Ok I might have lied. This is not a blog post where I talk about planes at all actually, or trains for that matter. Although both of the latter are very useful and common modes of transportation for traveling long distances across the country, I am excited to write about one of my greatest surprises and new favorite things since arriving in France: the tram.
My second day in Nantes, my host dad walked me through the route I would take to the IES Center. We were a little late, or so he told me, and so we had to jog a bit to catch what I would soon learn is called Le Tan, one of the most common forms of transportation in Nantes. Somewhat a mix between a small bus and a very small train, trams make up the 3 lines of Le Tan to provide easy navigation of the city.
Each time I’ve ridden the trams since that second day, I am again impressed with their cleanliness, reliability, and safety. To ride, you simply purchase a pass at the nearest drugstore, called Tabac, put the ticket in the slot of the ticket checker upon entry, and keep your balance.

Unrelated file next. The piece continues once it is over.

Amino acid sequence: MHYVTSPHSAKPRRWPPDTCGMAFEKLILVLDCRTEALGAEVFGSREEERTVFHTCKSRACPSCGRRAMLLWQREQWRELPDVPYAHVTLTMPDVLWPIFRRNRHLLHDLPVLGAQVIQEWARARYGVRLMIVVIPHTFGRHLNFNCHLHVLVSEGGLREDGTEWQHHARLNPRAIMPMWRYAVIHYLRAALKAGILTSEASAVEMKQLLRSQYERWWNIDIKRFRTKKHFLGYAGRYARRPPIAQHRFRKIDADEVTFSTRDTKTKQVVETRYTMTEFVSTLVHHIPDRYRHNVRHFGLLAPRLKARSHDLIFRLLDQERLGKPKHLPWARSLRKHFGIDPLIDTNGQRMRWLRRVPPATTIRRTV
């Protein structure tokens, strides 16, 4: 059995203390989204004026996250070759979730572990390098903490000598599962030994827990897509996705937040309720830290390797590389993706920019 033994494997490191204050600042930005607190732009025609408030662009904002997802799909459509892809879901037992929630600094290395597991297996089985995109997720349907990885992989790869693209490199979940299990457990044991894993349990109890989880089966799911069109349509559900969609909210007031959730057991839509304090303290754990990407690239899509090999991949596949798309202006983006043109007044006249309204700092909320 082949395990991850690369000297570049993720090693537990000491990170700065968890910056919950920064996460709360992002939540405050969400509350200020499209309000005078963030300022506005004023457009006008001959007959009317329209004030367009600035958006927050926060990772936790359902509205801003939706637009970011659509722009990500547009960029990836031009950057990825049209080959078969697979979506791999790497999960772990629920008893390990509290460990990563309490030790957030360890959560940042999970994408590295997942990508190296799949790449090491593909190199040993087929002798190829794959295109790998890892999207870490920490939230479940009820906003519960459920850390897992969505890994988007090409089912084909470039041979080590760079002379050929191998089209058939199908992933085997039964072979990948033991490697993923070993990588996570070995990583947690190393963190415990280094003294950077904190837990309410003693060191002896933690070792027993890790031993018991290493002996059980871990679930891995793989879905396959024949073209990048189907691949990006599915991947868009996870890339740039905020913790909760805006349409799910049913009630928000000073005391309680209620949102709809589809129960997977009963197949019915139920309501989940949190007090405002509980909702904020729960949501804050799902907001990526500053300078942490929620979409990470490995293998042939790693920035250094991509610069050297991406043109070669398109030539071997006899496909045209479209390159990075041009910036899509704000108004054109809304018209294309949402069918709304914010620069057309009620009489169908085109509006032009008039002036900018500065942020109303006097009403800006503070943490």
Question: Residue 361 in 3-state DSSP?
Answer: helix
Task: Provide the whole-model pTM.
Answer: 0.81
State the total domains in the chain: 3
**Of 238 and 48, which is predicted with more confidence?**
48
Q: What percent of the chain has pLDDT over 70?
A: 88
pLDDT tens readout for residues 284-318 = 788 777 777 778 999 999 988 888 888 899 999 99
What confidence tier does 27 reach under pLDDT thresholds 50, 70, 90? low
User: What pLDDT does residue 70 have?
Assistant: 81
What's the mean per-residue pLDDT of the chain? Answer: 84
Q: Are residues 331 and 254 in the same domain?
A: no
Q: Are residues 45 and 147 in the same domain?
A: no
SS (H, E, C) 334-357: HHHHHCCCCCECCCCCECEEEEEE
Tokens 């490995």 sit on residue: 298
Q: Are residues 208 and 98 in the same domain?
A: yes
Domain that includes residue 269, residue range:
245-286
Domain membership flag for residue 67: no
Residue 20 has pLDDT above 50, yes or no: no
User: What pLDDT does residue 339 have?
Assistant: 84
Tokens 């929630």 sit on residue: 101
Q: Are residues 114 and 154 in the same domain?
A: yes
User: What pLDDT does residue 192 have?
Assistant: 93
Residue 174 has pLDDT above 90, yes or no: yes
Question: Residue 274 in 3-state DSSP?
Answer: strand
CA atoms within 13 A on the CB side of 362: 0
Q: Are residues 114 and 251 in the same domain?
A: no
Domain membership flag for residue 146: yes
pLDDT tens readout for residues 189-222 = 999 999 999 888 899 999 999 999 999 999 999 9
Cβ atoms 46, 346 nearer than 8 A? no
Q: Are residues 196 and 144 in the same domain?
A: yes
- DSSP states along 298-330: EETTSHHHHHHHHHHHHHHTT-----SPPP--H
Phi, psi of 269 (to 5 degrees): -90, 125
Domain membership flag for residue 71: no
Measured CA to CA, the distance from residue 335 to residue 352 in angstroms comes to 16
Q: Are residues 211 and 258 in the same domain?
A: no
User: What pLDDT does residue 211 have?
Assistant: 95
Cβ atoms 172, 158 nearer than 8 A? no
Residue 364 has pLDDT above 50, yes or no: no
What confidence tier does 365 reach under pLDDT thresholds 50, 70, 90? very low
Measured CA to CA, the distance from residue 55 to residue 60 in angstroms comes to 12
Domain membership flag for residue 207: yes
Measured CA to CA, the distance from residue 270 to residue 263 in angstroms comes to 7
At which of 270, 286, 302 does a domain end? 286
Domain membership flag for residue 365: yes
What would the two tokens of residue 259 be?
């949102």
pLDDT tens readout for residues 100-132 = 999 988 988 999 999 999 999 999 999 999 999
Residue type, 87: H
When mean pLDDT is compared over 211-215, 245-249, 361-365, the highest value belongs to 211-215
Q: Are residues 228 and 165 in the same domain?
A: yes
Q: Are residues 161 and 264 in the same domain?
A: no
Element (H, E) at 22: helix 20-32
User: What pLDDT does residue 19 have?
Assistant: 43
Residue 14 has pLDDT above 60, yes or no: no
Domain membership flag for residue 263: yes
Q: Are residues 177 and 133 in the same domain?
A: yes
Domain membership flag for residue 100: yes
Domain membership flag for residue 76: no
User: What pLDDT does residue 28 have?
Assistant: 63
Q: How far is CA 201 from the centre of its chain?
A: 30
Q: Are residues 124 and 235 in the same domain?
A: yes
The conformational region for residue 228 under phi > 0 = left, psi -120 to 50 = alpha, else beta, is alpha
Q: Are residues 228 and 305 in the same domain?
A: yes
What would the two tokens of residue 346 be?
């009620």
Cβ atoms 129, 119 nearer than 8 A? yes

The trams typically move fast enough that I’m never impatient, yet slow enough that everyone stays upright.
I will admit I had some confusion at first, especially with the tram schedules, but after a couple missed trams it was very easy to pick up. Each line has two trams going in opposite directions. The side of the station that you wait at depends on the way you’d like to go. However the thing that helped most was definitely downloading the app ‘Nantes Dans Ma Poche’ (or ‘Nantes in My Pocket’). The app allows you to choose a tram stop and view the timetable for all future trams that day and the next. It’s been especially helpful for my time management as I start to get a hang of my new schedule.
Each day since, I’ve taken the trams to and from IES, and sometimes just downtown to hangout with the other students. I hope to capitalize on them in the future to explore more of the city in an extremely accessible way.